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Roses and Thorns: So close, yet so far

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Kris Lattimore

Fans are probably going to remember the Thorns’ home draw against the Washington Spirit this week for two frustrating moments (plus... that other thing, but bear with me for a minute): Francisca Ordega’s maddeningly stupid first-half goal, and Lindsey Horan’s spectacularly screwed-up penalty kick. Soccer games are ninety minutes long, though, and it’s a mistake to reduce this match to the highlight reel.

A thorn to the Spirit for getting it together at exactly the wrong time.

Washington looked rough against the Courage last weekend, especially defensively. Whitney Church and Taylor Smith were abysmal, with Smith looking woefully outmatched against North Carolina’s forwards, both in sheer athleticism and positional awareness, and Church looking like she couldn’t even be bothered to try to keep up. However, while the Spirit defense was a shambles, their midfield and forwards weren’t terrible—they got an early goal and didn’t completely wilt under the Courage press.

All that is to say the difference between the Spirit in that game and the Spirit in this game was night and day. Their back line stayed organized, Smith contained Tyler Lussi and Mallory Weber, and Estelle Johnson put in a great shift. Their front six, meanwhile, outplayed Portland’s midfield in the first half; while Lindsey Horan had a drop in form from previous weeks, committing a lot of uncharacteristic errors, Mallory Pugh continued what’s been an excellent season so far. Although for the most part Portland’s defense ultimately kept her contained, she ran rampant in the midfield where she acted like a black hole sucking in Thorns players to open up vast gulfs of space.

On the other hand, it has to be said that the Thorns’ defense also made strides this week, with Kelli Hubly continuing to step up in Emily Menges’s absence, and Emily Sonnett having gotten most of the oopsies out of her system. Katherine Reynolds, as usual, read the game brilliantly and kept pace with Pugh, Francisca Ordega, and Ashley Hatch.

A thorn to the Thorns’ finishing.

The Thorns working their way into good positions and then being unable to finish isn’t new—it’s been plaguing them all season—but it was on particular, extra-frustrating display Friday night. Throughout both their shifts, Tyler Lussi and Ifeoma Onumonu looked completely flat in the final third. Neither one could finish their chances; a particularly frustrating example was in the 11th minute, when Lussi was unmarked in the penalty area and couldn’t do more than plink a low shot directly to Aubrey Bledsoe at the near post. Midge Purce, meanwhile, continued to dazzle on the wing, but her service into the box—although it was better than it’s been—is still inconsistent.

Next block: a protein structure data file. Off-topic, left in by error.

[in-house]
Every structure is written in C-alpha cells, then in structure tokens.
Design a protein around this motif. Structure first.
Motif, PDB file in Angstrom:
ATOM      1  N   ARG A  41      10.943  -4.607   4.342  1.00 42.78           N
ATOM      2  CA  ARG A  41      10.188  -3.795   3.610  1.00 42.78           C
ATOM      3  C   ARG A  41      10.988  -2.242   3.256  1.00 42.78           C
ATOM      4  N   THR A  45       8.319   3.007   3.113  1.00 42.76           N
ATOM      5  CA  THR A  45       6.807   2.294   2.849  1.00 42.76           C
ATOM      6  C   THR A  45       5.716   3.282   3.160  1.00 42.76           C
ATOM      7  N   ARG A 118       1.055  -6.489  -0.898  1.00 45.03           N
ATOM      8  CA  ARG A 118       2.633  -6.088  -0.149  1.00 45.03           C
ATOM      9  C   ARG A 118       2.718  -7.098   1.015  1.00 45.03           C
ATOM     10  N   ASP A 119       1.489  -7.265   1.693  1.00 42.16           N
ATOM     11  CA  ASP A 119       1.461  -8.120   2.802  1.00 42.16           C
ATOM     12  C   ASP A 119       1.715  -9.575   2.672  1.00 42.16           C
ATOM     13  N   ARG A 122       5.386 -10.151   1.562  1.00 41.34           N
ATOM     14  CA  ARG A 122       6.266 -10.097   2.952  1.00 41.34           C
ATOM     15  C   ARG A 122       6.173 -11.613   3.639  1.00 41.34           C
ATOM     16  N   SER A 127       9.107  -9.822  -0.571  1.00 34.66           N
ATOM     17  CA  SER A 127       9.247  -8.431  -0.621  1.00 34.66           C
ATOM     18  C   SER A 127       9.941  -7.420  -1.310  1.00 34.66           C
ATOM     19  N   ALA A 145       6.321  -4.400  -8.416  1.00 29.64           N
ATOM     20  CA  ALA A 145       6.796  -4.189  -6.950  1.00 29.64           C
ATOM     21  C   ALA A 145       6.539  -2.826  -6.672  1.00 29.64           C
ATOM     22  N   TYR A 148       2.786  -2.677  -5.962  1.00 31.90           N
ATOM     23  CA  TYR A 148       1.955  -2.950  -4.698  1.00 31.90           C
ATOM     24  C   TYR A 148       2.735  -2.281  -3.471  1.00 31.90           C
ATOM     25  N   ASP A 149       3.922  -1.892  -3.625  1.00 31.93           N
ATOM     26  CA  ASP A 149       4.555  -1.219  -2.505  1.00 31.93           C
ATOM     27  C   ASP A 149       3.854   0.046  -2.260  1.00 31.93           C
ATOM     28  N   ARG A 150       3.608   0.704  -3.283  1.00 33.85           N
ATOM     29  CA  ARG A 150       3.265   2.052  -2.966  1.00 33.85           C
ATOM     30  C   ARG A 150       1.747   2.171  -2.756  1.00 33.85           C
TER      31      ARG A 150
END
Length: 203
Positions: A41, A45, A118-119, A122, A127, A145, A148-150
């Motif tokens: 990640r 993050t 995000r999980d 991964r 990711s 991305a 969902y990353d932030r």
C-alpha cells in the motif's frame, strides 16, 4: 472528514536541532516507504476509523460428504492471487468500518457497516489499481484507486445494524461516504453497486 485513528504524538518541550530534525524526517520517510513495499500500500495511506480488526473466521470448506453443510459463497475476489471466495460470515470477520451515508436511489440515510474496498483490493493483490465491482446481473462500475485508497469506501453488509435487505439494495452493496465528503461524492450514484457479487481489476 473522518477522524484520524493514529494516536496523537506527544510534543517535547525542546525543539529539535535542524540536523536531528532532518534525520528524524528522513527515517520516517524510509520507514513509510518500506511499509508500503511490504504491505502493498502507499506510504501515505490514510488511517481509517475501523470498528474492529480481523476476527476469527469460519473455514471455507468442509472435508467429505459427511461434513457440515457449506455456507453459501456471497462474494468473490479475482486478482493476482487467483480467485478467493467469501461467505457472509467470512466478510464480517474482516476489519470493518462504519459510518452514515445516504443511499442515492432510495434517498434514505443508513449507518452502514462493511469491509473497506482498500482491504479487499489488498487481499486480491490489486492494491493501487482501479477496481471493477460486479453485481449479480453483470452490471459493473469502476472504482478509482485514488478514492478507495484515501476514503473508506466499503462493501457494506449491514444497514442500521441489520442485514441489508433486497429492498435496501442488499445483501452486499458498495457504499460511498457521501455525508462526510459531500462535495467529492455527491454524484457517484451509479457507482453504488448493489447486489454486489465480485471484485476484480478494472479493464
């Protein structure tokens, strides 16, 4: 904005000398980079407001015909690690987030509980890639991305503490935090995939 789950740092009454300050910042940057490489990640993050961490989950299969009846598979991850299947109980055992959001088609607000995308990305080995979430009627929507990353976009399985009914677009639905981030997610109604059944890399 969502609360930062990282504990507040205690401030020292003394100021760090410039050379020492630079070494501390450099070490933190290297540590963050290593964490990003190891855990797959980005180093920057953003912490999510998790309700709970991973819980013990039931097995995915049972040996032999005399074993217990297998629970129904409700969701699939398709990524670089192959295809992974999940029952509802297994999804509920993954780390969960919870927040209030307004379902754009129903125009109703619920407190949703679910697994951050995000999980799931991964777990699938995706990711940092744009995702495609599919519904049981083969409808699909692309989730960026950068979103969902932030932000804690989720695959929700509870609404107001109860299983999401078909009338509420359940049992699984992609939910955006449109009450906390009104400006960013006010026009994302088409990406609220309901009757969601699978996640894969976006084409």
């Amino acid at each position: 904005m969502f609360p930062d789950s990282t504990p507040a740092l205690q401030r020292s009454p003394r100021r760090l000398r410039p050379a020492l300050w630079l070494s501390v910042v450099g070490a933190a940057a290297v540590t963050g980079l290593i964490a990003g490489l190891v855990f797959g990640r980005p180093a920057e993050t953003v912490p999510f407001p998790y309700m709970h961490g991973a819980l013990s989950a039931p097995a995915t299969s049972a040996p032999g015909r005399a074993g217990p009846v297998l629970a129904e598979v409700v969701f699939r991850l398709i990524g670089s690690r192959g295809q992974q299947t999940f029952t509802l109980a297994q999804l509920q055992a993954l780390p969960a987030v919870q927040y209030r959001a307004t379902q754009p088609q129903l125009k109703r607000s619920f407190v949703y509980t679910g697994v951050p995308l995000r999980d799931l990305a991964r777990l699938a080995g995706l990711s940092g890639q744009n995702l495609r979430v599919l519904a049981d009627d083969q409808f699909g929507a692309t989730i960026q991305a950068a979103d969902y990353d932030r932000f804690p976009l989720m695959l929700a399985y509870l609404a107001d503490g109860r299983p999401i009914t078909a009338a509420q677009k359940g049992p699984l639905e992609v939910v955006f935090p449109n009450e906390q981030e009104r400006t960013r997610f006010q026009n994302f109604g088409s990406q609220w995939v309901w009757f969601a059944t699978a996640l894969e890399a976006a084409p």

Lussi and Onumonu (and Weber and Purce, in previous weeks) aren’t tasked only with scoring. A big part of their job is to relentlessly pester opposing back lines and keepers, to force them into mistakes. That strategy paid off against Chicago. It hasn’t yielded as much in the last two games, and as other teams start to cohere going forward, it’s going to be less and less effective.

This is something Portland has struggled with not just throughout this young season, but throughout Mark Parsons’s tenure. They haven’t had a true goalscoring number nine in any of the last three seasons, and this is how it shows: with the team struggling to consistently put shots on frame early in the year. It wasn’t, in the end, a problem in 2016 or 2017. Will it prove a problem this season?

A rose to the abstract idea of what the Thorns will be in a month or so.

If the first half swung the Spirit’s way, things turned around in the second half. Portland took just three shots to Washington’s seven in the first half; in the second, the reversal was dramatic, with the Thorns tallying nine shots to the Spirit’s three.

A lot of that change had to do with the immediate step up in quality when Lussi came off for Ana-Maria Crnogorcevic. To some extent, that difference shows on the stat sheet, as Crnogorcevic had three chances created in the 45 minutes she played while Lussi had none. What did that actually look like on the field, though? At times, it looked like what Pugh was doing to Portland’s midfield; dropping back and pulling Andi Sullivan and Tori Huster in to create space for players like Horan or Christine Sinclair.

At other times, the difference showed in the quality of runs she made into the box, or her touch, or her ability to read transition plays quickly and move the ball where it needed to go. Crnogorcevic is the style of forward Parsons wants: a player who doesn’t just have speed and finishing skill, but the ability to drop back, get involved in the play, and create chances. In other words, she’s not an archetypal nine, and that’s why she’s going to do well here.

Oh, then there was that other player who came on in the second half.

Nikita Taparia

Tobin Heath’s long-awaited return—even though she played a few matches in 2017, it feels like it’s been years—was, perhaps predictably, exactly fine. She made a few good plays, connected some passes, cruelly robbed Joanna Lohman at one point. She also made some careless turnovers and bad passes. Overall, she looked like a good player who’s barely gotten minutes in the last 18 months.

All in all, with Crnogorcevic looking promising, Heath working her way back into the fold, and Andressinha and Ellie Carpenter both about to arrive, we can see the outline of a new look for the Thorns taking shape. It remains to be seen exactly how all these pieces fit together, but it’s exciting to think about.

A rose to Caitlin Foord for encouraging PTFC from afar even when we don’t deserve it.

Behold, friends, the hottest take of the season so far: